9. Quiz:  Am I a Good Friend?

We put a lot of focus on what we'd like to fix or improve in how our friends treat us, and here's a good quiz for helping us hold up the mirror in our own lives to see where we might be able to practice being a better friend!

10.  5 Types of Vulnerability: It’s Way More than Skeletons in Your Closet!

What is vulnerability?  We all hear this buzz word all the time but often mistakenly think it means we have to get better at sharing our shameful secrets with people... This blog post covers 5 different types of vulnerability that will help deepen any relationship as you practice them more regularly!

11.  The Myth that Keeps You Lonely

When we’re feeling that little nagging angst of loneliness– it’s for her that we want.  It’s for the fantasy best friend that we know would be the Thelma to our Louise, the fork to our spoon, the laughter to our jokes.  She would be the finisher of our sentences, the reader of our minds, and the affirmer of our hearts.  Our time together would be effortless, easy, safe, and comfortable.  But then we meet a whole bunch of candidates who aren’t quite good enough to fit our BFF opening so we quietly reject them and keep looking, albeit somewhat disillusioned. This post will help you see the pattern that might be preventing you from feeling more connected!

With gratitude for a year where we all grew in our maturity and loved more deeply,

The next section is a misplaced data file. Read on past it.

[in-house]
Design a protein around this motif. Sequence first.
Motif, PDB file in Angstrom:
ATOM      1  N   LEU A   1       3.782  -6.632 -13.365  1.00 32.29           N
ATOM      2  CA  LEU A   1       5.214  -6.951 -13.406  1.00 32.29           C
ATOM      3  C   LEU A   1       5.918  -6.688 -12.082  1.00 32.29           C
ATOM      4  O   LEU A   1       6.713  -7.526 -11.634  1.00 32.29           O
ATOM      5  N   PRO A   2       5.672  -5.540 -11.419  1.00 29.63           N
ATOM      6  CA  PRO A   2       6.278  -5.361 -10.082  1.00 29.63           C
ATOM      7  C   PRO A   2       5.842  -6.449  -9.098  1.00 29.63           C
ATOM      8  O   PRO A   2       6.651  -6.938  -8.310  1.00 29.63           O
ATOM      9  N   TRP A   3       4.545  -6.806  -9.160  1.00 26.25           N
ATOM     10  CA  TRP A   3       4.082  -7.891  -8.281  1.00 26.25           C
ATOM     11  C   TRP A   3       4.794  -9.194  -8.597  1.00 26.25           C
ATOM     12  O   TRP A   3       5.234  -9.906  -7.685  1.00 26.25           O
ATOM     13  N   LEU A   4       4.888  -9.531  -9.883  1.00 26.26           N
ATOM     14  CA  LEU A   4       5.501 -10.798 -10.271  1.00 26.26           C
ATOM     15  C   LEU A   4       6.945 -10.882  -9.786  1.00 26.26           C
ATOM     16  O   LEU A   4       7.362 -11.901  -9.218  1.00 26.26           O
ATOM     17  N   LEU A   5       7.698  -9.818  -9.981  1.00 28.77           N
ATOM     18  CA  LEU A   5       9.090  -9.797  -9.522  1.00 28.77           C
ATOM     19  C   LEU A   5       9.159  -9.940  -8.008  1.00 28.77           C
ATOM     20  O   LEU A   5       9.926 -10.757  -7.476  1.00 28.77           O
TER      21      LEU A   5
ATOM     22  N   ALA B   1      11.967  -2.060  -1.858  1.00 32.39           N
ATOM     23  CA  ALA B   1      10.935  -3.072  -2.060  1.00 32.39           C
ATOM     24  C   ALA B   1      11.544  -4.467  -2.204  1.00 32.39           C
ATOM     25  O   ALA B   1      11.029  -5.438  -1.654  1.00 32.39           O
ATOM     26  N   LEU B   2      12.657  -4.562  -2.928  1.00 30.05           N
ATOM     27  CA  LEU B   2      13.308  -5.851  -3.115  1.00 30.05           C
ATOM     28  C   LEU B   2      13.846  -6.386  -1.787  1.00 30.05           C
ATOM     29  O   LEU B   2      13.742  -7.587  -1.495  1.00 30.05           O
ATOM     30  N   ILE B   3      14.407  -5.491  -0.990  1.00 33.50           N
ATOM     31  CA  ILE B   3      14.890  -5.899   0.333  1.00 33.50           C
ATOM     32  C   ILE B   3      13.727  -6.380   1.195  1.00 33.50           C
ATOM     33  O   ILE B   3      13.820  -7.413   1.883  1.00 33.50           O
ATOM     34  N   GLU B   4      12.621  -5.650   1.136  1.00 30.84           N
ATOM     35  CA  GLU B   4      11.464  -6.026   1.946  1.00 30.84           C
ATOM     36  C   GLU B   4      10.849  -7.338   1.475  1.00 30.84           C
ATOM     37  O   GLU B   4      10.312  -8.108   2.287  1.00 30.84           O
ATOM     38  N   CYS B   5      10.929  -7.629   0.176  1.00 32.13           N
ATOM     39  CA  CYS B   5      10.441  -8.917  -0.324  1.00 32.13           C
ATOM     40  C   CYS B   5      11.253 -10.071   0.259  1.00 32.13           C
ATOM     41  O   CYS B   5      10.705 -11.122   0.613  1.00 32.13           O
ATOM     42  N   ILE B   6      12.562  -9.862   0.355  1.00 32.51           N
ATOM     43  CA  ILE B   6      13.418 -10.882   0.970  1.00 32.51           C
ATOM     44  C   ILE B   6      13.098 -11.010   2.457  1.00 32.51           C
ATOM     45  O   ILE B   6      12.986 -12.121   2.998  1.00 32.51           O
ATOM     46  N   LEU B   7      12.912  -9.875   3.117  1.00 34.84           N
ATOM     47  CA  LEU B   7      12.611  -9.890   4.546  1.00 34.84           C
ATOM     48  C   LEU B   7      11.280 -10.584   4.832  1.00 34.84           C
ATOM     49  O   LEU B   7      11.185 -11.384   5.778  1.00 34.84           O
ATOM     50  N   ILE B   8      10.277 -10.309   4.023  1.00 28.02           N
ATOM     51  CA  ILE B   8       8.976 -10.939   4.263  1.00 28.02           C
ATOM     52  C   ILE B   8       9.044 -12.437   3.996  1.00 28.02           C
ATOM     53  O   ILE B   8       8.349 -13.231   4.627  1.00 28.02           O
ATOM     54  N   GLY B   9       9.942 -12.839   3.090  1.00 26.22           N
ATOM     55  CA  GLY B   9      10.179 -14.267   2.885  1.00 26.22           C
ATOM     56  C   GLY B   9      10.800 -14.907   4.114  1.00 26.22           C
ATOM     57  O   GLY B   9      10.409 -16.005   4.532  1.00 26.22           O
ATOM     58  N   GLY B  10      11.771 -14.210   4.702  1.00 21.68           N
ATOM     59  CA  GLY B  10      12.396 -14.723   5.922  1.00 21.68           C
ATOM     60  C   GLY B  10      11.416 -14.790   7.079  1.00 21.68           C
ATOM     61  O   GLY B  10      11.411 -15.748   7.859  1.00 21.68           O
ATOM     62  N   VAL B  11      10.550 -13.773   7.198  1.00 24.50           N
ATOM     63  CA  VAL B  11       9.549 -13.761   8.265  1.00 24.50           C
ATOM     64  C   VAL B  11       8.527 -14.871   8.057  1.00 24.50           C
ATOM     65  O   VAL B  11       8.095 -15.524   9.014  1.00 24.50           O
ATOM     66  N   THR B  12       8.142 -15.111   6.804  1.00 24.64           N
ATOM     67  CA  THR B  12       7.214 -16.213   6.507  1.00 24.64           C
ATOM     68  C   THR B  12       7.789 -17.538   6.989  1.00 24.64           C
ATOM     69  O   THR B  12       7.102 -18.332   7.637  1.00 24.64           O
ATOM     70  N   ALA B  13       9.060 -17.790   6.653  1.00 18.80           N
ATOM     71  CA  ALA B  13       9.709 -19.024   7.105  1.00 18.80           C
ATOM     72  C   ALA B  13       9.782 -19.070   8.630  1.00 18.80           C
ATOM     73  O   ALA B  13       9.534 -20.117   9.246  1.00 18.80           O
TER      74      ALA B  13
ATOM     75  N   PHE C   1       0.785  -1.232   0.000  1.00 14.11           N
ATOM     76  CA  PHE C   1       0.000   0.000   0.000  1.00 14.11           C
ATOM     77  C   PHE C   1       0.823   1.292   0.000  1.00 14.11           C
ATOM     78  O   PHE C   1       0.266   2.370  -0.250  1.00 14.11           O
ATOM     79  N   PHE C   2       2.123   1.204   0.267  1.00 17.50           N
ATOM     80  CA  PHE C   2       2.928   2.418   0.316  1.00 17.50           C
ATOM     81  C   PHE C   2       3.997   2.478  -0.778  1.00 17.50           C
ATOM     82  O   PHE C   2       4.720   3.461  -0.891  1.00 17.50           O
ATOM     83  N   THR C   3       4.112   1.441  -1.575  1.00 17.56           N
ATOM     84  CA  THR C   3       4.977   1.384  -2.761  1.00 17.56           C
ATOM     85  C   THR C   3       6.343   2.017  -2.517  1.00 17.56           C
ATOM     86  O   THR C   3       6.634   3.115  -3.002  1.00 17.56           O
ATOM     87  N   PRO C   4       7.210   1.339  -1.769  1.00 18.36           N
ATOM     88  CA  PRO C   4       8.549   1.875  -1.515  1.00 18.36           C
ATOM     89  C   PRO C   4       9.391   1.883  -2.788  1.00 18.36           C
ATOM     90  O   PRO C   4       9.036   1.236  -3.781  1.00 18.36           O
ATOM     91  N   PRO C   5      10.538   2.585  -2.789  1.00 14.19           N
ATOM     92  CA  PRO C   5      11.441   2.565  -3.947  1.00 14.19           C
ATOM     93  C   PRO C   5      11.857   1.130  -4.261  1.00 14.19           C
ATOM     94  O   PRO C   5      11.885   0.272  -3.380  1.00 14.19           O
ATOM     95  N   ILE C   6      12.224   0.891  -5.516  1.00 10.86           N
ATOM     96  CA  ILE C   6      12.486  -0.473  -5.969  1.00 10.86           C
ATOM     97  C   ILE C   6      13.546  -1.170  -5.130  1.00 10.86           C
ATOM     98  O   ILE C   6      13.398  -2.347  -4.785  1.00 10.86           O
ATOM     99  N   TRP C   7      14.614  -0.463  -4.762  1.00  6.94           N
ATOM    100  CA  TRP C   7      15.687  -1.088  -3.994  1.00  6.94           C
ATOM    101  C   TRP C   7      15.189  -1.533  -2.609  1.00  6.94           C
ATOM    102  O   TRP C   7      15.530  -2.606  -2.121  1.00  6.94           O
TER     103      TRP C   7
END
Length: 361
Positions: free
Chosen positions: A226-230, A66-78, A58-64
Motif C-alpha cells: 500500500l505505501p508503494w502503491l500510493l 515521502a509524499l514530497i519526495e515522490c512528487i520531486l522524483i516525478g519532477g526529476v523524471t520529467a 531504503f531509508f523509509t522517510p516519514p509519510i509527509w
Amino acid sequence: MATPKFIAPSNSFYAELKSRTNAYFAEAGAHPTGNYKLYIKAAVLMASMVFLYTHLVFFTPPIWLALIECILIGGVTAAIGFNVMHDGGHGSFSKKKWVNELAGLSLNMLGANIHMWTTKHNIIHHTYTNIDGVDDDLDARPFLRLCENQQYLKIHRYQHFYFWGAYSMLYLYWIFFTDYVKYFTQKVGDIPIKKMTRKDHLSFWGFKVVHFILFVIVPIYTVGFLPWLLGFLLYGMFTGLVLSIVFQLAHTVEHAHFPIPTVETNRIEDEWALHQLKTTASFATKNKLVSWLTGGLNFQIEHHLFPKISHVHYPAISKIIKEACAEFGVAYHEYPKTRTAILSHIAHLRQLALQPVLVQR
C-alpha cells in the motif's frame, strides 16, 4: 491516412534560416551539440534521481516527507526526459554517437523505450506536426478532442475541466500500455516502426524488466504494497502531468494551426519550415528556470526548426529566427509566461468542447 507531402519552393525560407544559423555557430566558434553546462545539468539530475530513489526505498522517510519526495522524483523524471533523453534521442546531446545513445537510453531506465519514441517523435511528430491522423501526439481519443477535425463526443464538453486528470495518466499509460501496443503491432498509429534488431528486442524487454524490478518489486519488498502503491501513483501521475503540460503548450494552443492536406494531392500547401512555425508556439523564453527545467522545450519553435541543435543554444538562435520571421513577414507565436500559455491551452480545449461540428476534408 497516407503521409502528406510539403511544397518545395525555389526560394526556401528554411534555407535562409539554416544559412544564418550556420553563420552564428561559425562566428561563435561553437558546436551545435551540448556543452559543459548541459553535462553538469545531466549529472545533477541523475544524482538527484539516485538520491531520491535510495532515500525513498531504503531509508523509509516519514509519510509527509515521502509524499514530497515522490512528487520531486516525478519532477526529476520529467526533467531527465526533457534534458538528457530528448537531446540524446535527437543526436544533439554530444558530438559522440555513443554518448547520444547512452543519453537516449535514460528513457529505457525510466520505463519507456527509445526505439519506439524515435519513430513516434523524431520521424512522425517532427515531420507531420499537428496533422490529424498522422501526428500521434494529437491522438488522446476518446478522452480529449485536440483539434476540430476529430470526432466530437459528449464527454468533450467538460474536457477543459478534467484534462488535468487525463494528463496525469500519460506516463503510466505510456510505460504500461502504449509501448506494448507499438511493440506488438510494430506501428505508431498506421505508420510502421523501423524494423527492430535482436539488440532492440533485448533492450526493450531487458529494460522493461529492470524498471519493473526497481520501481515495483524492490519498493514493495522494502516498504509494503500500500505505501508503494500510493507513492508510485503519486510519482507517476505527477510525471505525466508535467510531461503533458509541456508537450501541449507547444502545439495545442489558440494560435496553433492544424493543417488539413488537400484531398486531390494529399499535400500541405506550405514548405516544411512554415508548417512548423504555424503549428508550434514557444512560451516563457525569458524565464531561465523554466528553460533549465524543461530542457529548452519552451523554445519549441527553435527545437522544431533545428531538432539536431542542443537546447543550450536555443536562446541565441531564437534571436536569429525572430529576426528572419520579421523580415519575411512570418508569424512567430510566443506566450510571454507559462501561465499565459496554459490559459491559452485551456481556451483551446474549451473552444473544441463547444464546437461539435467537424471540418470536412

Shasta

p.s.  As always, I welcome your comments!  Share with me which one is your favorite!

p.s.s  Want more popular articles?

Top Ten Most Popular Friendship Article of 2013

Top Ten Most Popular Friendship Articles of 2012

Top Ten Most Popular Friendship Articles of 2011

The 5 Biggest Mistakes Women Make In Their Friendships

We all want those really easy, meaningful, comfortable, and deep friendships with no drama, right?  And while that sounds fabulous, the truth is that most of us are silently suffering from some form of loneliness as we just keep waiting for those relationships to fall in our laps, the way little girls look for little fairies hovering over flowers. I want meaningful friendships for you.  So very much, I do!  But we have to come to the table with healthy expectations and thoughtful beliefs, rather than with hopes, myths, and limiting beliefs that sabotage us from creating substantial relationships.

The 5 Biggest Mistakes Women Make In Their Friendships

1.  You Hope That Good Friendships Will Be Discovered.  This is still numero uno on the mistake list.  In fact I titled my book Friendships Don't Just Happen to help speak to this very damaging belief in our lives.

But we all have examples of meeting an amazing woman that we connected with, loved, 180279_10151573165137435_1652204527_nand experienced great chemistry with... only to never really see much, or ever again. Simply meeting each other and liking each other doesn't make for a friendship.

And on the flip side, we all have an example of a friend (often someone we worked with or continued to see in some setting) that we grew to love that we didn't necessarily have fireworks with when we first met them.